The growing number of calls of dogs stuck inside hot cars is worrisome to the Penticton SPCA.
“We are very concerned,” said Tracy Westmoreland, manager of B.C. SPCA South Okanagan.
She estimates they are receiving, on average, five calls a day from the public.
“It is extreme, considering this year, more than any, we have had more media coverage of the concern,” said Westmoreland.
The SPCA recommends if you do see a dog in distress to track down the owner and gently inform them of what you have seen. Westmoreland said you do not want to be confrontational and to be aware of your personal safety. If you cannot find the owner, she said to call the RCMP or SPCA, giving as much detail as possible of the exact location of the vehicle, the licence plate number, make and model and colour of the vehicle.
“Often we don’t get those details and spend a lot of time driving around trying to locate the vehicle, which is very difficult. The dog usually has stopped barking and it is laying down in distress so it can’t be seen at eye level, making it very hard to find that dog,” said Westmoreland.
“You can be an advocate for that dog and it is OK to make that first step and say to the owner, ‘Is this your dog in the car? I think it needs some attention,’ and let them know that it is not OK. Be diplomatic and polite.”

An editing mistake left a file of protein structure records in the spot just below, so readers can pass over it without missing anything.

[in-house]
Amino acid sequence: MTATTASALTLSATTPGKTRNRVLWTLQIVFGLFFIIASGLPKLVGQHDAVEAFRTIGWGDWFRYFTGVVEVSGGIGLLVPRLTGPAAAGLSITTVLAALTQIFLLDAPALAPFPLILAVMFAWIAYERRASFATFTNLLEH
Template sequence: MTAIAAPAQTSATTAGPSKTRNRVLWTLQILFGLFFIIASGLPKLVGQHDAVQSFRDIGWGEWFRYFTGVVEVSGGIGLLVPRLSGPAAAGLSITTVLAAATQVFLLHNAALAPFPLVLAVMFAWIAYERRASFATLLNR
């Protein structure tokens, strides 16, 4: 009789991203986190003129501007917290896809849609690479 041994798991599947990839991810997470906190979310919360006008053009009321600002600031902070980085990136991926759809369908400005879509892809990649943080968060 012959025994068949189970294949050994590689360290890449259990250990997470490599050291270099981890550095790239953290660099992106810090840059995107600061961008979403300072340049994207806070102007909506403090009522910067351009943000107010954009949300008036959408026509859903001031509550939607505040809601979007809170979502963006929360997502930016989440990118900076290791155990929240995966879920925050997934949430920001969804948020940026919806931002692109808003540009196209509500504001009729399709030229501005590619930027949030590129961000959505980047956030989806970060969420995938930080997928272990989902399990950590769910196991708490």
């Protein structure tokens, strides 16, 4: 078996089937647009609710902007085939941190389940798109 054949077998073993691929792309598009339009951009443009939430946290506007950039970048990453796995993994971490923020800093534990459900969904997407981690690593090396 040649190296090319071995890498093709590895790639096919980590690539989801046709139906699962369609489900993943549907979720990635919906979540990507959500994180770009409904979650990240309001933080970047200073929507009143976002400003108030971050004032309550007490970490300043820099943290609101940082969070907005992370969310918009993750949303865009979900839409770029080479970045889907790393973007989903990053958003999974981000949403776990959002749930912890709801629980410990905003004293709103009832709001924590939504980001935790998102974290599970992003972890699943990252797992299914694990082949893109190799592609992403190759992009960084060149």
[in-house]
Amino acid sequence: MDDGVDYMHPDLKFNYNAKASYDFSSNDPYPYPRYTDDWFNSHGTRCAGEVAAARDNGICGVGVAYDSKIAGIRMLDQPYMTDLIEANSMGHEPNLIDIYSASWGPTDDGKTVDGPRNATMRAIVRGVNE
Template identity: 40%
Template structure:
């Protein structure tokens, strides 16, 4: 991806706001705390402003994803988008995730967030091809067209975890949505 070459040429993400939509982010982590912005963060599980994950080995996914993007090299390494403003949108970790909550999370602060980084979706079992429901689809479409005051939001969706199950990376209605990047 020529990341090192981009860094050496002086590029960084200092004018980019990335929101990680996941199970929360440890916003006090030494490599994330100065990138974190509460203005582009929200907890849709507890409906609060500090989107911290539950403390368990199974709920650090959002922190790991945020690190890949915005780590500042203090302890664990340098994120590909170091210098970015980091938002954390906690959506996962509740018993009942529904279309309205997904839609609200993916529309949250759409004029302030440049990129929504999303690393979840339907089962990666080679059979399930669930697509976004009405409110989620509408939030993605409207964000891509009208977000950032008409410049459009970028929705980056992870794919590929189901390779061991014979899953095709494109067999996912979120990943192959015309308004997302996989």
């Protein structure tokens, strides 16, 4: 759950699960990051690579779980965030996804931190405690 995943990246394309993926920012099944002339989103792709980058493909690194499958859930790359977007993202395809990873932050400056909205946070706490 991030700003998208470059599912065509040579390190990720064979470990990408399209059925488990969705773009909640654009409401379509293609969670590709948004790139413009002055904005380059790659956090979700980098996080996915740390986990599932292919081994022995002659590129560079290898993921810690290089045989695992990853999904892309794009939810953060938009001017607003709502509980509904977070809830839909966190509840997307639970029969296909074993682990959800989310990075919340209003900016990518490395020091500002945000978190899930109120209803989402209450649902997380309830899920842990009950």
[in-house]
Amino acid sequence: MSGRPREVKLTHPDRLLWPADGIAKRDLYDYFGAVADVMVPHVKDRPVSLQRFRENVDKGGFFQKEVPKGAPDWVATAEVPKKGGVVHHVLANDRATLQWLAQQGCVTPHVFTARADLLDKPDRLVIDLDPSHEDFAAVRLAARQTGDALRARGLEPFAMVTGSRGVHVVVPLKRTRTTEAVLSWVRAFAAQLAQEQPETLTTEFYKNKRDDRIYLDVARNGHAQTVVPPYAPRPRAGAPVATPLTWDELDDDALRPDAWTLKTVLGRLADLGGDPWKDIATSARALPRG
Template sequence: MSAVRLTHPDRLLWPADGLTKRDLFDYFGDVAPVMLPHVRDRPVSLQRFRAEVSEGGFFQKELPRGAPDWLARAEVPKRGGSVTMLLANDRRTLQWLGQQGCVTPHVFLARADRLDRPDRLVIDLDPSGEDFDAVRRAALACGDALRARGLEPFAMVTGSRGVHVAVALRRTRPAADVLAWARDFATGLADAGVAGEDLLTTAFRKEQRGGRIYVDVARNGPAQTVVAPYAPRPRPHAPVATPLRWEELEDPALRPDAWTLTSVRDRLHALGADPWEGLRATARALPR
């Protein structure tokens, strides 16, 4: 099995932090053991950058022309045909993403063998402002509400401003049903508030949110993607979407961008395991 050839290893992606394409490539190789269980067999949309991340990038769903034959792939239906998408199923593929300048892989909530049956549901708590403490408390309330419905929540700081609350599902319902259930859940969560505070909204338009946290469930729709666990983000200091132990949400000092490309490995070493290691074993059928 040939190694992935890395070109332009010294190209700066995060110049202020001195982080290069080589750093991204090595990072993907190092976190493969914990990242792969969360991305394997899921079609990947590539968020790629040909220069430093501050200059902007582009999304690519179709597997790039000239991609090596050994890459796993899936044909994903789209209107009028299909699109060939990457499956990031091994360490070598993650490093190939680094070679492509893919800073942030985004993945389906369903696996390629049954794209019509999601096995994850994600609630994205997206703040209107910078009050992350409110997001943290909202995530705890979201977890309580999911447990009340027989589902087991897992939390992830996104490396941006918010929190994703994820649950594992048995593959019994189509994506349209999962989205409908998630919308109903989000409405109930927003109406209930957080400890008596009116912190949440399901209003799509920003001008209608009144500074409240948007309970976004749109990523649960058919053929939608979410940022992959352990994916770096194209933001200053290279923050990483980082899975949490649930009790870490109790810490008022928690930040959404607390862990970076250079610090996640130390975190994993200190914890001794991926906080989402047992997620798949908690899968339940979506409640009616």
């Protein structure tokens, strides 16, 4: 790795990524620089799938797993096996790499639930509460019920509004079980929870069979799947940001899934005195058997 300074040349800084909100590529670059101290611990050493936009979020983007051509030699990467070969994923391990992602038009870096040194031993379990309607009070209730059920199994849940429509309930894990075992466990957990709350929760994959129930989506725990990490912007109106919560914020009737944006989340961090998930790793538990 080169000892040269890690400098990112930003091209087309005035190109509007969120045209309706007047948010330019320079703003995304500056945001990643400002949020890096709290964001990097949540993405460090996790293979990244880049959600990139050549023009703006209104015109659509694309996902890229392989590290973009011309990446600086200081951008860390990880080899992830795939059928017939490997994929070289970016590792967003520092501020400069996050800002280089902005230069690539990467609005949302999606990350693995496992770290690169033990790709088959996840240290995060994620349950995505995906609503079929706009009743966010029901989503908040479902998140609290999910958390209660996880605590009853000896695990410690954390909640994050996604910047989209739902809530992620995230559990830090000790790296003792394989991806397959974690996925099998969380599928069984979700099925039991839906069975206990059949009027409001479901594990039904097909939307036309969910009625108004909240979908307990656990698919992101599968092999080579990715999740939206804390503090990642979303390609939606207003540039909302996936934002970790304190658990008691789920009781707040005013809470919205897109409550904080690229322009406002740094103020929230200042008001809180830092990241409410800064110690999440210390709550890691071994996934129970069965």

Only an RCMP or SPCA constable can enter a car and only if the animal is in critical distress. Members of the public could face the consequences of breaking and entering charges should they try and get into a vehicle to release the animal. On the flip side, pet owners can face charges of animal cruelty.
Just two weeks ago a dog died in the Real Canadian Superstore parking lot in West Kelowna while two women were allegedly shoplifting. RCMP said all the windows in the vehicle were rolled up and the water supply inside had been exhausted.
“Luckily we haven’t had any fatalities in Penticton, and touch wood that wont happen. Certainly we still need to get the message out though, because people just don’t realize how dangerous it is,” said Westmoreland.
The SPCA manager said they have had calls from concerned people seeing dogs left in cars in the parking lots of big box stores, the beach, medical offices and a mix of other places.
“I do think the message is getting out to the South Okanagan community because we have a better understanding of our weather patterns. To tourists, it still seems to be missing the mark,” said Westmoreland.
Temperatures are expected to remain in the high 20s to 30 C over next few weeks, and Westmoreland pleads with pet owners to leave their dogs at home if they are going out. Education, said Westmoreland seems to be helping spread the word.
For the Penticton SPCA, that starts at a young age. Children’s camps continue to run throughout the rest of the summer at the Penticton SPCA and Westmoreland said dogs left in hot cars is one of the topics.